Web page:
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UNITED STATES vs. LIBERATO EXALTACION, ET AL.

EN BANC
[G.R. No. 1481. February 17, 1903.]
THE UNITED STATES, complainant-appellee, vs. LIBERATO
EXALTACION ET AL., defendants-appellants.
Alberto Barretto, for appellants.
Solicitor-General Araneta, for appellee.
SYLLABUS
1.CRIMINAL LAW; REBELLION; DURESS. The defendants were
captured by brigands, who compelled them, by threats of death, to take and subscribe
an oath to support the Katipunan Society, an organization created for the purpose of
subverting the Government by force: Held, That the duress under which the
defendants acted relieves them from criminal liability.

DECISION

TORRES, J :
p

March 26, 1903, the provincial fiscal of Bulacan presented to the court of that
province an information charging Liberato Exaltacion and Buenaventura Tanchinco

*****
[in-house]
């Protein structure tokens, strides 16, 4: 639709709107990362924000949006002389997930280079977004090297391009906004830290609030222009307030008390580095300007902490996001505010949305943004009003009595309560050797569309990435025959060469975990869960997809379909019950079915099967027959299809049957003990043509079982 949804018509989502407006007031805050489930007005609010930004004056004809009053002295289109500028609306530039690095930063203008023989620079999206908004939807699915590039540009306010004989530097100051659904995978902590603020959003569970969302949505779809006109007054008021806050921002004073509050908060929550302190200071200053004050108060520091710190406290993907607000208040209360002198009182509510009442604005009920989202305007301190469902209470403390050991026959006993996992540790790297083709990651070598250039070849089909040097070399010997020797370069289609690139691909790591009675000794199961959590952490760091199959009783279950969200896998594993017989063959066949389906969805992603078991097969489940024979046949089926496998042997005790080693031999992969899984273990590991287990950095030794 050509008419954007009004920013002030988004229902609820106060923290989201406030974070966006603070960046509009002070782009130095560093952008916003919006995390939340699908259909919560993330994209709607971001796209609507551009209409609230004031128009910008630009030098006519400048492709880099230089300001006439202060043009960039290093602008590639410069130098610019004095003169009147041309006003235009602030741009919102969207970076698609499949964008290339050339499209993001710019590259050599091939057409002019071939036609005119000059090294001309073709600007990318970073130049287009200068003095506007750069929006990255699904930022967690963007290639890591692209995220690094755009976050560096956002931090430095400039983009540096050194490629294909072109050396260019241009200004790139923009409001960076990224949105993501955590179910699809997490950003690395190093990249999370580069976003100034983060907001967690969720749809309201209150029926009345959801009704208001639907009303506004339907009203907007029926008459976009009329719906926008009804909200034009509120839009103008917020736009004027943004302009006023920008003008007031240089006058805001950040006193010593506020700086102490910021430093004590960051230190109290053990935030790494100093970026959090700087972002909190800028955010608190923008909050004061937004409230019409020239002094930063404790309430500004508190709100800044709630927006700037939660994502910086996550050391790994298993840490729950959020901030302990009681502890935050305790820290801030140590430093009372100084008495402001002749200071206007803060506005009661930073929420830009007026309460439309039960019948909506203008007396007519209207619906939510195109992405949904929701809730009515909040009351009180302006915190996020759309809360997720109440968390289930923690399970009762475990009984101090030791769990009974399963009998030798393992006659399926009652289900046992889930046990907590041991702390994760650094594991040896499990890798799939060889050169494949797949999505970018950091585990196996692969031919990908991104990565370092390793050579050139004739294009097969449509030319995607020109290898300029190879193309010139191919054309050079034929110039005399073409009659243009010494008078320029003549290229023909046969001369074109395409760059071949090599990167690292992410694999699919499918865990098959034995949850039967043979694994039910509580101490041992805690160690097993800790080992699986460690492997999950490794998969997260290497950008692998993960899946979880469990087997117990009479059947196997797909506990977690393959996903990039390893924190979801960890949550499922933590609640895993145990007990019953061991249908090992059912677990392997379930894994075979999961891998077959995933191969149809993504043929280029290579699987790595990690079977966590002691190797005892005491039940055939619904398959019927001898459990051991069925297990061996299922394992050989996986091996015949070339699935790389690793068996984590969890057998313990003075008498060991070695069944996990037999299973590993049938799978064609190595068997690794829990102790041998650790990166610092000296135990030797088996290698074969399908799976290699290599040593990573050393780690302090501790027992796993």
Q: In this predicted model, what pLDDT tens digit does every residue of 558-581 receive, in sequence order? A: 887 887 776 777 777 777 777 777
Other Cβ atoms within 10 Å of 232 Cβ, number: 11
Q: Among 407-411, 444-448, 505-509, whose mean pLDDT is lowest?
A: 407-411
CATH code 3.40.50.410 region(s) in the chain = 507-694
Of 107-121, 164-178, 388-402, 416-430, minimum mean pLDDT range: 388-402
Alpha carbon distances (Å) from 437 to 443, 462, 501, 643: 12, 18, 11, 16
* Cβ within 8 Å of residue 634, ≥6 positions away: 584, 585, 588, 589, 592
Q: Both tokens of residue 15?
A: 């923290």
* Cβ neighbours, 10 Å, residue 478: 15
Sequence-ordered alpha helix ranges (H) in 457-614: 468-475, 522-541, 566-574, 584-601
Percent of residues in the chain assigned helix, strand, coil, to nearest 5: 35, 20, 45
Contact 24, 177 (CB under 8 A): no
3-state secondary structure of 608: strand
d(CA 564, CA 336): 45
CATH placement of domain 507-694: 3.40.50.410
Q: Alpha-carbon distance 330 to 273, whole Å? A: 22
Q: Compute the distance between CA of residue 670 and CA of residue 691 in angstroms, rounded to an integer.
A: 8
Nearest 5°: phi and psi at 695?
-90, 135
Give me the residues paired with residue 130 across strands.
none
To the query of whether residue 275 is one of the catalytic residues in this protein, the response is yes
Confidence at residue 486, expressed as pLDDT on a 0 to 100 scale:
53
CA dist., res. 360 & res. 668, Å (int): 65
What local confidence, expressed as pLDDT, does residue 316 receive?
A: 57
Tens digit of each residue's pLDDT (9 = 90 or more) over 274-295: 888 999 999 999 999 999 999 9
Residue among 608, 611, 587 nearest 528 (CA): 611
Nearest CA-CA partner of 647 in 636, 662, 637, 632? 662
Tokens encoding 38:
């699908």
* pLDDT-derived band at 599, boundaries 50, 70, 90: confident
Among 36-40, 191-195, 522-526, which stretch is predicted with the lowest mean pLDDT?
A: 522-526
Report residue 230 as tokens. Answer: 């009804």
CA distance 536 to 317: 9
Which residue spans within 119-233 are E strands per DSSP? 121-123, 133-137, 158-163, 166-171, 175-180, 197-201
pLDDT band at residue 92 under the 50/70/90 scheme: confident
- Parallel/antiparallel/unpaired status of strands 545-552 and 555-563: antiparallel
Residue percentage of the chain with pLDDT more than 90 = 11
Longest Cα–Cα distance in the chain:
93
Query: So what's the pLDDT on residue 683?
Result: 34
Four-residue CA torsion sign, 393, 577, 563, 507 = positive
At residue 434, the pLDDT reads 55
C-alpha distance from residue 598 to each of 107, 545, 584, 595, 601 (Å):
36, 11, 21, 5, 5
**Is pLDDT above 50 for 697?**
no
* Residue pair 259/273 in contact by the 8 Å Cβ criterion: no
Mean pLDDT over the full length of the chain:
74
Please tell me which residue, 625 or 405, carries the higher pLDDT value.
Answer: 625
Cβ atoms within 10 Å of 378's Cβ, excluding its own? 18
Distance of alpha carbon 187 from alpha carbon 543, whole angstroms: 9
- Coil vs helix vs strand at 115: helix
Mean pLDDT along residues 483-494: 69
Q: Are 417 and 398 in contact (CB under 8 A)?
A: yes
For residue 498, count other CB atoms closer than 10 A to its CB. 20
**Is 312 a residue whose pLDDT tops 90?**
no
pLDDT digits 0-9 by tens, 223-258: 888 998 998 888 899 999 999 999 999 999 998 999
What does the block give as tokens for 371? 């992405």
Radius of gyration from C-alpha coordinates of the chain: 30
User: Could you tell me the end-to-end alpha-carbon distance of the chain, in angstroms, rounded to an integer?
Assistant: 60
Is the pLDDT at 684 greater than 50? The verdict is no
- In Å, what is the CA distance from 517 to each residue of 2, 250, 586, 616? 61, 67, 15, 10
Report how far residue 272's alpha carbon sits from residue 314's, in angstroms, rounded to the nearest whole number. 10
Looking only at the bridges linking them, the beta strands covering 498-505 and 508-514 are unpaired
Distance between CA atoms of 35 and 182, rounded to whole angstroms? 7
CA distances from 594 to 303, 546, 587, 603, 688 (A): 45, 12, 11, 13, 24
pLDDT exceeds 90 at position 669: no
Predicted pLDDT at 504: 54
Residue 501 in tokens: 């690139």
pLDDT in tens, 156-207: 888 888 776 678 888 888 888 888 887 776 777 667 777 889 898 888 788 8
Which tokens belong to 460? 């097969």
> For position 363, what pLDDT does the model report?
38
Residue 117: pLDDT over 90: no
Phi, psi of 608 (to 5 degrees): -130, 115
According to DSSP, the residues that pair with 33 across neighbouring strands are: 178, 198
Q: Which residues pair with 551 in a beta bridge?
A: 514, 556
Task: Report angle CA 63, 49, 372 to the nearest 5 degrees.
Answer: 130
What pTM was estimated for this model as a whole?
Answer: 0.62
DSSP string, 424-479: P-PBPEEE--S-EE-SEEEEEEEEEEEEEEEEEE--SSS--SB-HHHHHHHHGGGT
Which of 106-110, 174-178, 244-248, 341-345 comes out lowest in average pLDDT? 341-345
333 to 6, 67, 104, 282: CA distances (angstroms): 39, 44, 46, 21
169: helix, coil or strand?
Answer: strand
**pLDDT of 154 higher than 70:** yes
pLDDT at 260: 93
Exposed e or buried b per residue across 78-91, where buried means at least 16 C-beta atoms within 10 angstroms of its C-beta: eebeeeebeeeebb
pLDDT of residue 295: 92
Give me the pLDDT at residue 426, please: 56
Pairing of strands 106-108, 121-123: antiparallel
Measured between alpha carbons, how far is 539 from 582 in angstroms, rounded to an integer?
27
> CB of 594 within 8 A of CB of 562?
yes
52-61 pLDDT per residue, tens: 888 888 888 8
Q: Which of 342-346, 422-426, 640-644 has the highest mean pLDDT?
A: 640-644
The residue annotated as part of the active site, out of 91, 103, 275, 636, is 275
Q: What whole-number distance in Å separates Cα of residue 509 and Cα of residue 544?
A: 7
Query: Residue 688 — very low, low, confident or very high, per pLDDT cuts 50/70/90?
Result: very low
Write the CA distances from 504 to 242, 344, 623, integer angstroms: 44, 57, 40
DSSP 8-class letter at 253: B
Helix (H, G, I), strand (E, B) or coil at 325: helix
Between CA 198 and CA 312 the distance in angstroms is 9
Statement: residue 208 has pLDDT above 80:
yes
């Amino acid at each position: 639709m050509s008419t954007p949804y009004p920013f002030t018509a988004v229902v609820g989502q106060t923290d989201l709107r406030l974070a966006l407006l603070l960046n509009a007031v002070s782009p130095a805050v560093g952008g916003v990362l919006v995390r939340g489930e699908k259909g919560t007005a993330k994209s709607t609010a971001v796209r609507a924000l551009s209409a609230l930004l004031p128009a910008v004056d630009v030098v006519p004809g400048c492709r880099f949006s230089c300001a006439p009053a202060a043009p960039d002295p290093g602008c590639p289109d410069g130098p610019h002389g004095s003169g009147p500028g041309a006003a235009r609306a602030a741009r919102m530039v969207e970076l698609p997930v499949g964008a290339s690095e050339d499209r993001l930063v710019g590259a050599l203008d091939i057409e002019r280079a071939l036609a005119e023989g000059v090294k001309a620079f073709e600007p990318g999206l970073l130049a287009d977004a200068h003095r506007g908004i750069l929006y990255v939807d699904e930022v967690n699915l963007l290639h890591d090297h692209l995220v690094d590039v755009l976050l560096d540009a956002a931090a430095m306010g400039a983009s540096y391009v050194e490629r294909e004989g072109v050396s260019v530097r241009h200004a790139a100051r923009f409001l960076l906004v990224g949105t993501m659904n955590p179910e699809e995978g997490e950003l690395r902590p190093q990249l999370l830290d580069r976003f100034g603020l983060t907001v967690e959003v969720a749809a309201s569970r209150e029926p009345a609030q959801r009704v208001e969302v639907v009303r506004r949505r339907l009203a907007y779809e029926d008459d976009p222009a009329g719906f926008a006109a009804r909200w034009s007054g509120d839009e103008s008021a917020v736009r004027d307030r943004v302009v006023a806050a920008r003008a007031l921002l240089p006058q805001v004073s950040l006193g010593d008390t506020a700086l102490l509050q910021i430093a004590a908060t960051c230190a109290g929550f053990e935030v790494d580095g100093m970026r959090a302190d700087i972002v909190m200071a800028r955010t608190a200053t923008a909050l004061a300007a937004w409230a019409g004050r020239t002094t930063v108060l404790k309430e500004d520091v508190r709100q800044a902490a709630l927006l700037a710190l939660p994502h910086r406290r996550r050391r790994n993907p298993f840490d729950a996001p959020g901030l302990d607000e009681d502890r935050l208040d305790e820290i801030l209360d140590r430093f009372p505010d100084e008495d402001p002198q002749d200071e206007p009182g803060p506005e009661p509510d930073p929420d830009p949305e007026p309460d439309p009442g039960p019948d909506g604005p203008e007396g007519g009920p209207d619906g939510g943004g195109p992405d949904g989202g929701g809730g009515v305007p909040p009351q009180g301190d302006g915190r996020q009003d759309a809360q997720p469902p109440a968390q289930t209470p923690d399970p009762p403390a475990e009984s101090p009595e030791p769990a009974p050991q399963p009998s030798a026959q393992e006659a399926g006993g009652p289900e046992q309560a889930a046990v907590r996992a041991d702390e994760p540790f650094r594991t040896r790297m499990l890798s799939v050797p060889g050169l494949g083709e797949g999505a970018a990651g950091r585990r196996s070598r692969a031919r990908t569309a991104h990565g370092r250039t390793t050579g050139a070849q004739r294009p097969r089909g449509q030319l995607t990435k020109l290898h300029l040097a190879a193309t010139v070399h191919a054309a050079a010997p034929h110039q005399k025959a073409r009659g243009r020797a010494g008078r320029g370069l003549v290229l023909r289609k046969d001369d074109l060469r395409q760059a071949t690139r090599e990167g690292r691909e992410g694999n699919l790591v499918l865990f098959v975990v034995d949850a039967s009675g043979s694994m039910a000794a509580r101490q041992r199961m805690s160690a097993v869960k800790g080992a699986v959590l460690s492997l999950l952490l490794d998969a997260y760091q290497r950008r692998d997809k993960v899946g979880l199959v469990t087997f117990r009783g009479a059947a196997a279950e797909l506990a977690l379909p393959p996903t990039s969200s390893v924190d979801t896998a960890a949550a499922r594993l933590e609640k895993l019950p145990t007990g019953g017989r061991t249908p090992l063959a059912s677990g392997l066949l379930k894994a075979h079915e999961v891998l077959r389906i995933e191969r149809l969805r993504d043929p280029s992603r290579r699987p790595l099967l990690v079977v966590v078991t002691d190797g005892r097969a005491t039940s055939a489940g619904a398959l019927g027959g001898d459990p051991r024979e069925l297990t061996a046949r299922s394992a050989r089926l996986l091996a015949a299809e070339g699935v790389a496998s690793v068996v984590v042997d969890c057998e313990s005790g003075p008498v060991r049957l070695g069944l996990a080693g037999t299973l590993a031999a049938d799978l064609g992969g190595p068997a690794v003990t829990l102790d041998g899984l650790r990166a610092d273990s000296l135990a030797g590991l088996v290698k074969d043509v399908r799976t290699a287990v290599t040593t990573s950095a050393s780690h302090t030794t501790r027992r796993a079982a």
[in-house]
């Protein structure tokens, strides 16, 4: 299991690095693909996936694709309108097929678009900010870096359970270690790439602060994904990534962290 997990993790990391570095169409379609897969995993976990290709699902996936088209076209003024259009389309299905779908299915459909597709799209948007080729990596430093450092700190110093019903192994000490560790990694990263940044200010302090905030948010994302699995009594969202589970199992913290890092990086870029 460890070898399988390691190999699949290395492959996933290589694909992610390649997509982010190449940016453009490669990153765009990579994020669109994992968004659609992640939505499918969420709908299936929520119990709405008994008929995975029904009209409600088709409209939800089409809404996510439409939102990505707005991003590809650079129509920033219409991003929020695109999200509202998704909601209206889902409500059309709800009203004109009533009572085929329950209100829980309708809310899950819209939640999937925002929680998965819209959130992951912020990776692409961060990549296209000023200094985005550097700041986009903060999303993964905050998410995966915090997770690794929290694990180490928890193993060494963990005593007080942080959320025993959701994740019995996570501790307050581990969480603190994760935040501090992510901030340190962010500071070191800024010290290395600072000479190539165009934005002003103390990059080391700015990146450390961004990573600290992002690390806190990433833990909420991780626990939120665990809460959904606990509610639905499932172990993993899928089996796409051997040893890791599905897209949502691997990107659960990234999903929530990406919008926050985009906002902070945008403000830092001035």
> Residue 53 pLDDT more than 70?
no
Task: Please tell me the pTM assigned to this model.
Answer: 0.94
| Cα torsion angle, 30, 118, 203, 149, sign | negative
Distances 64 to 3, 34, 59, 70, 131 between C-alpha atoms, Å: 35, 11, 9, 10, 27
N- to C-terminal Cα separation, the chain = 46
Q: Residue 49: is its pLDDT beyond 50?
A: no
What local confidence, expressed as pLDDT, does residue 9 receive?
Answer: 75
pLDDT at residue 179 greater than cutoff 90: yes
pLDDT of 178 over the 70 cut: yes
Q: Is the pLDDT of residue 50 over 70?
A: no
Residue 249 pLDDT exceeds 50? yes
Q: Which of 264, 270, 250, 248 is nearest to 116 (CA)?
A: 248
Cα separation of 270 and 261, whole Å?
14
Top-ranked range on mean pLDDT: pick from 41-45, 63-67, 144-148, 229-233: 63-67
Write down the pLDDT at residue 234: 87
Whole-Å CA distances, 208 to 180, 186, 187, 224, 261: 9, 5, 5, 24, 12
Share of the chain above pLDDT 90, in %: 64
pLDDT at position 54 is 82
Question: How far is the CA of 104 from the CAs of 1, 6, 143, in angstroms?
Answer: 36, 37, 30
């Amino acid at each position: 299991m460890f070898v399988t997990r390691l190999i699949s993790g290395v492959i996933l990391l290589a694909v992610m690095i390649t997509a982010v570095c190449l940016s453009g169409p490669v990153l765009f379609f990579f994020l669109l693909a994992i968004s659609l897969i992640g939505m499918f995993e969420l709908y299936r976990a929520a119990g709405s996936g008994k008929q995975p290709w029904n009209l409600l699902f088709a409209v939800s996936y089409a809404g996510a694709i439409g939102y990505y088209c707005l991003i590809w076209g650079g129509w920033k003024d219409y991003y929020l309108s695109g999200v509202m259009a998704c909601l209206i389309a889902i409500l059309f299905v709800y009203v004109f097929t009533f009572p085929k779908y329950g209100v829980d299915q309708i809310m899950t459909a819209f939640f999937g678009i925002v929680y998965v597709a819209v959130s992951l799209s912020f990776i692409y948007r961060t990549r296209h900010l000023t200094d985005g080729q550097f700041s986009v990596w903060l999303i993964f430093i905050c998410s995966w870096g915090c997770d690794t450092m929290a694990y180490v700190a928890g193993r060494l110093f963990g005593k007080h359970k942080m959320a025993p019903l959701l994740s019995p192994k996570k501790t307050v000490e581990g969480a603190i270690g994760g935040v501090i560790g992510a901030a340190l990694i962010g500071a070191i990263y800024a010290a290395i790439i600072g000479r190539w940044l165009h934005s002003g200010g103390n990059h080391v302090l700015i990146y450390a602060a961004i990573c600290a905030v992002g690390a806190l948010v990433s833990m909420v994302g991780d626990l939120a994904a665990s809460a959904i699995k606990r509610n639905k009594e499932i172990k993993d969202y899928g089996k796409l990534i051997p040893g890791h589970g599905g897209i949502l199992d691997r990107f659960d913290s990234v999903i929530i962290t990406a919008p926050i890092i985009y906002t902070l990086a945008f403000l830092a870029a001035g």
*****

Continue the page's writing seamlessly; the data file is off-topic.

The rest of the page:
with the crime of rebellion, in that they, subsequently to the 4th day of November,
1901, willfully and illegally bound themselves to take part in the rebellion against the
Government of the United States in these Islands, swearing allegiance to the
Katipunan Society, the purpose of which was to overthrow the said Government by
force of arms, this against the statute in the case made and provided.
In the course of the trial Don Pablo Tecson, the provincial governor of
Bulacan, testified under oath that the two defendants were arrested in the month of
March, 1903, the police some days before having captured a number of documents in
the encampment of one Contreras, a so-called general of bandits, situated at a place
called Langca, of the town of Meycauayan, among which documents appeared the
papers now in pages 2 and 3 of the record, signed by the said Exaltacion and

Tanchinco, who recognized the said documents when they were exhibited to them;
that the said defendants stated to the witness that they had signed the documents under
compulsion; that the purpose of the Katipunan Society was to obtain the independence
of the Philippines; that this statement was made in the house of the parish priest of
Meycauayan in the presence of Exequiel Casa and Fernando Nieto. The latter, upon